David has performed with the San Francisco Symphony, Carlos Santana, Bobby McFerrin, soloists such as Mark O’Connor, Joshua Bell, Renée Fleming, Gidon Kremer and Lynn Harrell, and is a member of the Oakland Symphony directed by Michael Morgan. A passionate commitment to new music has led David to work with influential composers such as Ornette Coleman, George Crumb, Thomas Adés, John Harbison, Chen Yi, John Psathas, Tan Dun and George Tsontakis, and next generation composers such as Jack Perla, Mason Bates, Marisol Jimenez, Jonathan Newman and John Mackey.

Hip hop and electronica club appearances include Envision Festival and Bamboo Bass Festival (Costa Rica), Roter Salon and Zu mir oder zu Dir (Berlin, Germany), Cryptoportico at the American Academy (Rome, Italy), Beyond Samsara (Los Angeles, CA), The New Parish (Oakland, CA) and San Francisco’s Mezzanine, Ruby Skye, 111 Minna, John Colins, Varnish, San Francisco Museum of Modern Art and The De Young Museum.

A graduate of Oberlin College and Conservatory of Music (Bachelor of Arts, Bachelor of Music) and The Juilliard School (Master of Music), David held a fellowship for four summers as solo bassist with the Aspen Contemporary Ensemble under director George Tsontakis. Primary double bass mentors include Eugene Levinson, Scott Haigh and Albert Laszlo.

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Sumi Tonooka has been called a “fierce and fascinating composer and pianist” (Jazz Times), “provocative and compelling” (New York Times), and “continually inventive, original, surprising, and a total delight,” (Cuadranos de Jazz, Madrid). Photo credit: Karen Sterling.

During a career spanning more than 30 years that has taken her from bases in Philadelphia & Boston, to New York & Seattle, Tonooka has been developing a body of work that surprises and delights audiences – quietly piling up accolades from jazz writers and fellow musicians.Her recent activity as a composer includes receiving the Music Alive: New Partnership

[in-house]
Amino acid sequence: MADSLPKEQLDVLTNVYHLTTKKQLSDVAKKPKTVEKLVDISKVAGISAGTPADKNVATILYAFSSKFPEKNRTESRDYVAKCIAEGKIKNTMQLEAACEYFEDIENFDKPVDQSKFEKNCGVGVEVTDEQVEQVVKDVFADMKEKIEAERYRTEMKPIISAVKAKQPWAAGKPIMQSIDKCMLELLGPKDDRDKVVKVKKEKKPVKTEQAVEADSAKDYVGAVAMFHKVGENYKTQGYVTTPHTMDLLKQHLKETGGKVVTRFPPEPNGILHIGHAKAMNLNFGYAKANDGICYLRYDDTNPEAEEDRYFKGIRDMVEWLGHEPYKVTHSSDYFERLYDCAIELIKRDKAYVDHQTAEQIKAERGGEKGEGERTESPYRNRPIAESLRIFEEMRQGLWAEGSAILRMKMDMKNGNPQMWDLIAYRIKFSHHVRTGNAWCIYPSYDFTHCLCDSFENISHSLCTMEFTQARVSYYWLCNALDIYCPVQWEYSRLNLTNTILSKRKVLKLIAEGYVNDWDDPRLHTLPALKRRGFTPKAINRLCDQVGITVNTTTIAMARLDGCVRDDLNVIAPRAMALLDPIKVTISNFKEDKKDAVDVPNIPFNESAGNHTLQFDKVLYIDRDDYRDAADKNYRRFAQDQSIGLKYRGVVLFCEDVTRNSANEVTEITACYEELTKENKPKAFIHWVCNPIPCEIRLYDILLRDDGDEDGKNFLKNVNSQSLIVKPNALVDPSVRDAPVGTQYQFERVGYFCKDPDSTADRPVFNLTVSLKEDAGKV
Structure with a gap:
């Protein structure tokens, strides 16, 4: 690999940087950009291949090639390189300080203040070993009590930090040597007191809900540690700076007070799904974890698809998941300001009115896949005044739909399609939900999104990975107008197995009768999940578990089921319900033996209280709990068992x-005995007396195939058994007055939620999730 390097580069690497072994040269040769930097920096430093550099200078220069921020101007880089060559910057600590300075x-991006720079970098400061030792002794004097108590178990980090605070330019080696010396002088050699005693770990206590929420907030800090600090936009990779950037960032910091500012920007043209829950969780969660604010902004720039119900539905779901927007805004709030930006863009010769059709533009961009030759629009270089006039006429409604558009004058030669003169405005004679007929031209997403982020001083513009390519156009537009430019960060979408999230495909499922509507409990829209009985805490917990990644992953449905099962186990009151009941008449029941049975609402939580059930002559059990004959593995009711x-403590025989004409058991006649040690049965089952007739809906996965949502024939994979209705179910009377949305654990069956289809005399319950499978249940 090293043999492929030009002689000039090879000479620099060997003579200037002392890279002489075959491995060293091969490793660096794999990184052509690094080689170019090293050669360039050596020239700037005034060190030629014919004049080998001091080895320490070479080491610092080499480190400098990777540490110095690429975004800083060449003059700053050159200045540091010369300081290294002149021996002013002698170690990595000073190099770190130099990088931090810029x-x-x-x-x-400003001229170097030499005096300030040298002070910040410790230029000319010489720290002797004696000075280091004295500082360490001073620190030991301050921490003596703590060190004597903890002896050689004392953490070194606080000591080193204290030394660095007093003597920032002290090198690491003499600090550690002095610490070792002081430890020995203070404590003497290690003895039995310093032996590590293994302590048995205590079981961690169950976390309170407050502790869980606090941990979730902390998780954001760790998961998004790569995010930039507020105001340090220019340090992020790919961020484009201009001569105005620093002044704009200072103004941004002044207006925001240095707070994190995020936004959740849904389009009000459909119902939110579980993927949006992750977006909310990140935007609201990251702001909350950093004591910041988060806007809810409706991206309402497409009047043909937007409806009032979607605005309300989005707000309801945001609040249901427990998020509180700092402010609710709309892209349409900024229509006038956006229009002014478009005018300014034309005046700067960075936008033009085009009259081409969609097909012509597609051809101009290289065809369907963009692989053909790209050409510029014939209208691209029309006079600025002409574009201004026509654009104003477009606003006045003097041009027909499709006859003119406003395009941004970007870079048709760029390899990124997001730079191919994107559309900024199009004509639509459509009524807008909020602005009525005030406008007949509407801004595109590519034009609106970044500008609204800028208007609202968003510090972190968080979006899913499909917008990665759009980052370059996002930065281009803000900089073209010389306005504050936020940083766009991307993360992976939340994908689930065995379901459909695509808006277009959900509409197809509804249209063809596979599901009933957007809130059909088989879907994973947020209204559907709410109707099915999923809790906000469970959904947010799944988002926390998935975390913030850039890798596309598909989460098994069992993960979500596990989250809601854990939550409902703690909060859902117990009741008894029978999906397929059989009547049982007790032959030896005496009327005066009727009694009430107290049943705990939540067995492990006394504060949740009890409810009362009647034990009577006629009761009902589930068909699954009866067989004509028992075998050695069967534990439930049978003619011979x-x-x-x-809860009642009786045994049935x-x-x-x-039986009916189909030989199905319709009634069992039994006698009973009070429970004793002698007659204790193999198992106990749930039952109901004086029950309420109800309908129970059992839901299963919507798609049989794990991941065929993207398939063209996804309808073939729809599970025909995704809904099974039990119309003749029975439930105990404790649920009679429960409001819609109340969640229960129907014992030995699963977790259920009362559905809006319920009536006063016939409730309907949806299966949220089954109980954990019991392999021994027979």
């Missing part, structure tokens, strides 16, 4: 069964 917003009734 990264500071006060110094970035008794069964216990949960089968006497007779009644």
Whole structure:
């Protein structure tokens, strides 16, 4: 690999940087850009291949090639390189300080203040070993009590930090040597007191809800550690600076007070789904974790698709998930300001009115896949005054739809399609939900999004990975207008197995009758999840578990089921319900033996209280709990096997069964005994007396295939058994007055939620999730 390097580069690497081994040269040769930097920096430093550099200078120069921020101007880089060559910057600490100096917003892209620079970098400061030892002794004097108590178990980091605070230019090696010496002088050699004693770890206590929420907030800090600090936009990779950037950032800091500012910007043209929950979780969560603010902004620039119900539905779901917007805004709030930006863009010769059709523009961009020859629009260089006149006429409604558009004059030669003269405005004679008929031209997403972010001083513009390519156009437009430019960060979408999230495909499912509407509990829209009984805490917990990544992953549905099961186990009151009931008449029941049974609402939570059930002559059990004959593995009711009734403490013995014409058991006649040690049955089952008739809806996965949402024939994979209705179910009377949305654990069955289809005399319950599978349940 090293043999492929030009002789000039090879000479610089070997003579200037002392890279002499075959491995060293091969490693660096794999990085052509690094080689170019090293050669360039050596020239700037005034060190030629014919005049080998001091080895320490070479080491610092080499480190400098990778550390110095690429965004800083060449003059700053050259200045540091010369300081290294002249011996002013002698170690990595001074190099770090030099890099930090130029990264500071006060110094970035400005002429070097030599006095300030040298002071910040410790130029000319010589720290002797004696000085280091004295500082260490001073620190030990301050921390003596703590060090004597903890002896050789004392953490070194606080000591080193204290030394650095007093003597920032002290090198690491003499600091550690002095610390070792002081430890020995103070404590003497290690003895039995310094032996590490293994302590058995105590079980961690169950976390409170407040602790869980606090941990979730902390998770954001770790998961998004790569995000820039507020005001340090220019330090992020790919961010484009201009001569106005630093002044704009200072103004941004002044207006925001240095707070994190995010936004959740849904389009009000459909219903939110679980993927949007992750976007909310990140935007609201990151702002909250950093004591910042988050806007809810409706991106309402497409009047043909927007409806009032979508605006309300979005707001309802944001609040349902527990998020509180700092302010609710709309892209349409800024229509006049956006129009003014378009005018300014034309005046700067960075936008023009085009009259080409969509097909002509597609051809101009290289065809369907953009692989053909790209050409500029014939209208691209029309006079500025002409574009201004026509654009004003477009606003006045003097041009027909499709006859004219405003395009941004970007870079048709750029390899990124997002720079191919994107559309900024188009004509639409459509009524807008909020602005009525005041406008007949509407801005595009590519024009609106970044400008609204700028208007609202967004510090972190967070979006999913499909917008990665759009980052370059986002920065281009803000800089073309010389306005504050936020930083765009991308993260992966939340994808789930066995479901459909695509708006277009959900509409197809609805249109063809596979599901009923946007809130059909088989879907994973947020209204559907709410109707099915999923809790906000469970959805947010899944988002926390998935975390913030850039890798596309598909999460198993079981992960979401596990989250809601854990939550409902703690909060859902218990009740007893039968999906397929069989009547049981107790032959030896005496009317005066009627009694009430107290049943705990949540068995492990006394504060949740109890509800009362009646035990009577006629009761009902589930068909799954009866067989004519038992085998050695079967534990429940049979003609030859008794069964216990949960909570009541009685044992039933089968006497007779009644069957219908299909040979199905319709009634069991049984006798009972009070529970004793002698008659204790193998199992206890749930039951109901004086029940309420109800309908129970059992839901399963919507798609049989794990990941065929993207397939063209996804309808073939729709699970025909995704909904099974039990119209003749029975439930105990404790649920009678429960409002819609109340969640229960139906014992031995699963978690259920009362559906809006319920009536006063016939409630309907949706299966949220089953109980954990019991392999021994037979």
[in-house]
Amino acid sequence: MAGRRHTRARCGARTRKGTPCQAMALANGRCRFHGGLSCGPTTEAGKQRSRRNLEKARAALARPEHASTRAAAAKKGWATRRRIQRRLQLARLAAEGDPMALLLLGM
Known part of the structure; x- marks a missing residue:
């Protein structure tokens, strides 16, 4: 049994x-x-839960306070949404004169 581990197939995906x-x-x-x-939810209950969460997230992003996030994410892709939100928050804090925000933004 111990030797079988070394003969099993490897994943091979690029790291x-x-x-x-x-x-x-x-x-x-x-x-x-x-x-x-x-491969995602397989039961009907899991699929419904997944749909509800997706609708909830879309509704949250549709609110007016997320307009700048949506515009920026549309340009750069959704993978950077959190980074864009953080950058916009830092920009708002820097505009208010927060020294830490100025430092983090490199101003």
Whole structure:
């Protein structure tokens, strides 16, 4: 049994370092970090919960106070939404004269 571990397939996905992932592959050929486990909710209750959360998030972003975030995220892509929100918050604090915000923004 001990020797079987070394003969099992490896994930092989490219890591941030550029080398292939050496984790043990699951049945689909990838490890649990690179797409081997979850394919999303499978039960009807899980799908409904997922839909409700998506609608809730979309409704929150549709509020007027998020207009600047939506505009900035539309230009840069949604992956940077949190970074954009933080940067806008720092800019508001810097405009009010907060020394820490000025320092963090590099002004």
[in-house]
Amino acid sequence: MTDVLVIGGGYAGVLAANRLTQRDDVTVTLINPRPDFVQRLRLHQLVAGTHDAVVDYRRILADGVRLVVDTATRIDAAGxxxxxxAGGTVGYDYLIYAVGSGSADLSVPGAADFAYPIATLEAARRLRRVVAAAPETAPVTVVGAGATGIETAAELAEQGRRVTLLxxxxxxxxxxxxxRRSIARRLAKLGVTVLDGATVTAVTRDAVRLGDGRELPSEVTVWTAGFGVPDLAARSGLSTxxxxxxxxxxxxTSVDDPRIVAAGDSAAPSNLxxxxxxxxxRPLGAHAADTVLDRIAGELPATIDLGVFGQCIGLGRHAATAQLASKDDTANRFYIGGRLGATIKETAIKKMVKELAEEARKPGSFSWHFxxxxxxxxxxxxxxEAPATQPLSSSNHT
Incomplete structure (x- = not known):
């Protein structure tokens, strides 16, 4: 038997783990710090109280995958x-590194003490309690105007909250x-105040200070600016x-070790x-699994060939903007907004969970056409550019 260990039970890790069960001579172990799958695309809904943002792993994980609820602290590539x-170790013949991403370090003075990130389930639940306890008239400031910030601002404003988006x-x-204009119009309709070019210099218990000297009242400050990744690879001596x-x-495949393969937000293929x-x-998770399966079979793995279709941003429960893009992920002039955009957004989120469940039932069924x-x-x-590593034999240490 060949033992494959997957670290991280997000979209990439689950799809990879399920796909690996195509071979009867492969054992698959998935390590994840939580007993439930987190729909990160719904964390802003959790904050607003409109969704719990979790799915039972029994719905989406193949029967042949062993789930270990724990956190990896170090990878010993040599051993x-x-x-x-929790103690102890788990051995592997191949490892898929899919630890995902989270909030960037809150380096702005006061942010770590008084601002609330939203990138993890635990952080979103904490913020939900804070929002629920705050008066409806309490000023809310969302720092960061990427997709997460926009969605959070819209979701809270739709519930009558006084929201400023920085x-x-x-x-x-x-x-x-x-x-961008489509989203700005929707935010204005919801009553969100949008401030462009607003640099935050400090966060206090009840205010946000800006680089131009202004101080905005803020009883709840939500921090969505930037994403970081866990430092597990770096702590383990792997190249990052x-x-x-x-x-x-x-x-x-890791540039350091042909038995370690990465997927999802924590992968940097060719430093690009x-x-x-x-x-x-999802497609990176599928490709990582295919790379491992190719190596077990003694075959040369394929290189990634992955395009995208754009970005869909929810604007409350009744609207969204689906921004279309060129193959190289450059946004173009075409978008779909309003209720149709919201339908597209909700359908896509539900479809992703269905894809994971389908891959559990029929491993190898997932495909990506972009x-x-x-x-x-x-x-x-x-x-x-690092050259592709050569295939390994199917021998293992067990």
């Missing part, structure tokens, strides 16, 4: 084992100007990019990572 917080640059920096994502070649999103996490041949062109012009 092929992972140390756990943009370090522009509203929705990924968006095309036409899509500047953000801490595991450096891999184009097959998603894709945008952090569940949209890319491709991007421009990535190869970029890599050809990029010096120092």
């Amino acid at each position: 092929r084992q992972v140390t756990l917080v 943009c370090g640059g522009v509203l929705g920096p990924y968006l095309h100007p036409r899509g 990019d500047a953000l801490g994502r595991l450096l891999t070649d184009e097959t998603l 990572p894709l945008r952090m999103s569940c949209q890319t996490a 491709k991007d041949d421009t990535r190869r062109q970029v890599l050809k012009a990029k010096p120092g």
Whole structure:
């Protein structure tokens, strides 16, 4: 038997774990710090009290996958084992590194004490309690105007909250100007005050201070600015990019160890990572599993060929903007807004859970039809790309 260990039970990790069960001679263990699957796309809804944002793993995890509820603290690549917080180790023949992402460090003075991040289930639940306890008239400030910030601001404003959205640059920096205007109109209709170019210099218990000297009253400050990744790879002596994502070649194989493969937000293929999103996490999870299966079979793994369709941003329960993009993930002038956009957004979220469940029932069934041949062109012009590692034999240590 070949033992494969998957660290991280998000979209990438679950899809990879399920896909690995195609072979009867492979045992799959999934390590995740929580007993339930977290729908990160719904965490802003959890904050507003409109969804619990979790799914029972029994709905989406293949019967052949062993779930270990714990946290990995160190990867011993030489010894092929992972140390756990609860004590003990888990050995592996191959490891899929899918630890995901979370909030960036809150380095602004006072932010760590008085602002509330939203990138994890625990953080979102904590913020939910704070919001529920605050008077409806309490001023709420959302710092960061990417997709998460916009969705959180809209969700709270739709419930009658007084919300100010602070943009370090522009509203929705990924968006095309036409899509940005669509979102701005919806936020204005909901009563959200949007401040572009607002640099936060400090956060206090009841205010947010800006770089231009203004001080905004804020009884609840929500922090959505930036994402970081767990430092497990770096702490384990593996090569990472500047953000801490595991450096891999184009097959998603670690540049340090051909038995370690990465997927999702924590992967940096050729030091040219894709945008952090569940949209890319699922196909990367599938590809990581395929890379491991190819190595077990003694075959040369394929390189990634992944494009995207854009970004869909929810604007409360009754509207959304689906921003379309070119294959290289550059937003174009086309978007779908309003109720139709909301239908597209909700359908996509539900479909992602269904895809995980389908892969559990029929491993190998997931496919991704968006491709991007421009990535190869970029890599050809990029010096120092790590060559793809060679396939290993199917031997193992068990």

https://www.newmusicusa.org/grants/music-alive/Tonooka is also a recent recipient of the 2105 Artist Trust award and received the Carl & Jini Dellaccio GAP title to compose a new jazz chamber work Driftwood.

In addition to her symphonic and chamber works, jazz recordings and performances, Tonooka has composed over a dozen film scores, including the Academy Award-nominated Family Gathering by Lise Yasui and Daring To Resist by Martha Lubell, aired on PBS. She is also featured in A Note of Hope, released in 2011, a full-length documentary from Citygate Films on the youngest victiims of HIV/AIDS in Africa. She toured West Africa as part of a sextet featuring her musical compadre of two decades, jazz violinist John Blake, Jr. Their recorded output includes A New Beginning: Live at The Village Gate, Kindred Spirits (as a duo), and the Traveler featuring Boris Koslov on bass and Johnathan Blake on drums. As a member of the Rufus Reid Quintent, Tonooka appears on the CD and DVD The Rufus Reid Quintent: Live at the Kennedy Center (Motema). The group appeared at Dizzy’s Club Cocoa Cola at Jazz at Lincoln Center in New York in 2007 for the release performance.

Tonooka’s career has been chronicled on several highly regarded jazz books, including Living the Jazz Life by Royal Stokes, ln The Moment by Francis Davis, and Madame Jazz by Leslie Gourse (all on Oxford University Press). As a professional response to an inherent void within the music industry, Tonooka, along with alto saxophonist Chris Burnett and tenor saxophonist Erica Lindsay, co-founded the Artists Recording Collective (ARC), an internationally recognized brand and professional recording label. She now divides her time between her responsibilities as the Chief, Public Relations Officer for ARC, composing and performing for an increasingly widespread audience of jazz aficionados. In his liner notes to pianist, composer and educator Sumi Tonooka’s fifth CD, Long Ago Today, journalist Russ Musto restated his praise from thirty years ago:”…it has been a pleasure to hear her blossom into one of the most talented musicians of her generation.